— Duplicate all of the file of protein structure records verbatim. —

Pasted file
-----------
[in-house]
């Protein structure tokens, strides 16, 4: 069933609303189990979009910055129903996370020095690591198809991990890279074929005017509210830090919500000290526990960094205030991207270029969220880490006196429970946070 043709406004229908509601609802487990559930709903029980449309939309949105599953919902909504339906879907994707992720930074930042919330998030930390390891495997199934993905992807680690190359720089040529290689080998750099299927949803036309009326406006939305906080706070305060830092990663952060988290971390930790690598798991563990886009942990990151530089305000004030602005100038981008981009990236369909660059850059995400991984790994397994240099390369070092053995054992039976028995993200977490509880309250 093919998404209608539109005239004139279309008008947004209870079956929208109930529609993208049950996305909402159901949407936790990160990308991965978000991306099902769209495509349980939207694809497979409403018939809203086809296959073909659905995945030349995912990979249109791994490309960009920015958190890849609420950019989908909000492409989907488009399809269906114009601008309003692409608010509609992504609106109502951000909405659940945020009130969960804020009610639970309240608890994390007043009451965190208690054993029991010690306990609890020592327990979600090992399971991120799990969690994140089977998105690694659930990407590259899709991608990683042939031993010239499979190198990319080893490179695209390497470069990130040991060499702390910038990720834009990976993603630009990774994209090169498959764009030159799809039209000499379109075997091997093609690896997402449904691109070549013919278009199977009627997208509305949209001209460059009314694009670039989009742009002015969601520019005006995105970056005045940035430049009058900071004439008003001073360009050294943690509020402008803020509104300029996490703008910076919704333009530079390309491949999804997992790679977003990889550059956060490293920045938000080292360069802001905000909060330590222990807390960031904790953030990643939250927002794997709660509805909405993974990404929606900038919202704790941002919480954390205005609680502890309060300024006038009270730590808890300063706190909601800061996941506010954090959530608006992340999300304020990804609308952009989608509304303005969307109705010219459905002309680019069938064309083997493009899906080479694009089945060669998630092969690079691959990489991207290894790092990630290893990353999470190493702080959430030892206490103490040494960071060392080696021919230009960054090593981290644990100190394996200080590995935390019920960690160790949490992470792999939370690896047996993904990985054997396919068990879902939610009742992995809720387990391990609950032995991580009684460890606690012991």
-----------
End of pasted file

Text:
[in-house]
């Protein structure tokens, strides 16, 4: 069933609303189990979009910055129903996370020095690591198809991990890279074929005017509210830090919500000290526990960094205030991207270029969220880490006196429970946070 043709406004229908509601609802487990559930709903029980449309939309949105599953919902909504339906879907994707992720930074930042919330998030930390390891495997199934993905992807680690190359720089040529290689080998750099299927949803036309009326406006939305906080706070305060830092990663952060988290971390930790690598798991563990886009942990990151530089305000004030602005100038981008981009990236369909660059850059995400991984790994397994240099390369070092053995054992039976028995993200977490509880309250 093919998404209608539109005239004139279309008008947004209870079956929208109930529609993208049950996305909402159901949407936790990160990308991965978000991306099902769209495509349980939207694809497979409403018939809203086809296959073909659905995945030349995912990979249109791994490309960009920015958190890849609420950019989908909000492409989907488009399809269906114009601008309003692409608010509609992504609106109502951000909405659940945020009130969960804020009610639970309240608890994390007043009451965190208690054993029991010690306990609890020592327990979600090992399971991120799990969690994140089977998105690694659930990407590259899709991608990683042939031993010239499979190198990319080893490179695209390497470069990130040991060499702390910038990720834009990976993603630009990774994209090169498959764009030159799809039209000499379109075997091997093609690896997402449904691109070549013919278009199977009627997208509305949209001209460059009314694009670039989009742009002015969601520019005006995105970056005045940035430049009058900071004439008003001073360009050294943690509020402008803020509104300029996490703008910076919704333009530079390309491949999804997992790679977003990889550059956060490293920045938000080292360069802001905000909060330590222990807390960031904790953030990643939250927002794997709660509805909405993974990404929606900038919202704790941002919480954390205005609680502890309060300024006038009270730590808890300063706190909601800061996941506010954090959530608006992340999300304020990804609308952009989608509304303005969307109705010219459905002309680019069938064309083997493009899906080479694009089945060669998630092969690079691959990489991207290894790092990630290893990353999470190493702080959430030892206490103490040494960071060392080696021919230009960054090593981290644990100190394996200080590995935390019920960690160790949490992470792999939370690896047996993904990985054997396919068990879902939610009742992995809720387990391990609950032995991580009684460890606690012991």